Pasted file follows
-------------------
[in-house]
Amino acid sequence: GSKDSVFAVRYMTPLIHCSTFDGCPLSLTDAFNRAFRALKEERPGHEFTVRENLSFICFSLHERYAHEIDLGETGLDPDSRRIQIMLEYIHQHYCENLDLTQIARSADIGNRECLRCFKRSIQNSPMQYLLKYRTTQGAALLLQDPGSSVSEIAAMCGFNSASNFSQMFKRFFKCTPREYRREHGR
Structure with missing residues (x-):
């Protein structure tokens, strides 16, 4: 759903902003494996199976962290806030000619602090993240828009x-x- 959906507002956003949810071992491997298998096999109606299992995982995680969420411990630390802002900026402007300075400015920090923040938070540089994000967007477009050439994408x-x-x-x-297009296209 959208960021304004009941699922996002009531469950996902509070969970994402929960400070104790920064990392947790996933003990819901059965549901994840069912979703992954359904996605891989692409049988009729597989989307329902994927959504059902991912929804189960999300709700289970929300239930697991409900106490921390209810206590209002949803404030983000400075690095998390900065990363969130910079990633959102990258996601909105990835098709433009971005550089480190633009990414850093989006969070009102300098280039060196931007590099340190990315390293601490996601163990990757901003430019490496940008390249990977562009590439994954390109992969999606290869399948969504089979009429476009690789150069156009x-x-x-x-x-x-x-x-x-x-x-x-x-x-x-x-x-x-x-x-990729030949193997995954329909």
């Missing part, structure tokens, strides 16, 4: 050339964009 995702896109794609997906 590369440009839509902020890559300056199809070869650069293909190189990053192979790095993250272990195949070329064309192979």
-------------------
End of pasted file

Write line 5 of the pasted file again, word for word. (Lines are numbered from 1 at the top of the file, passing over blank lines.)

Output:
């Missing part, structure tokens, strides 16, 4: 050339964009 995702896109794609997906 590369440009839509902020890559300056199809070869650069293909190189990053192979790095993250272990195949070329064309192979």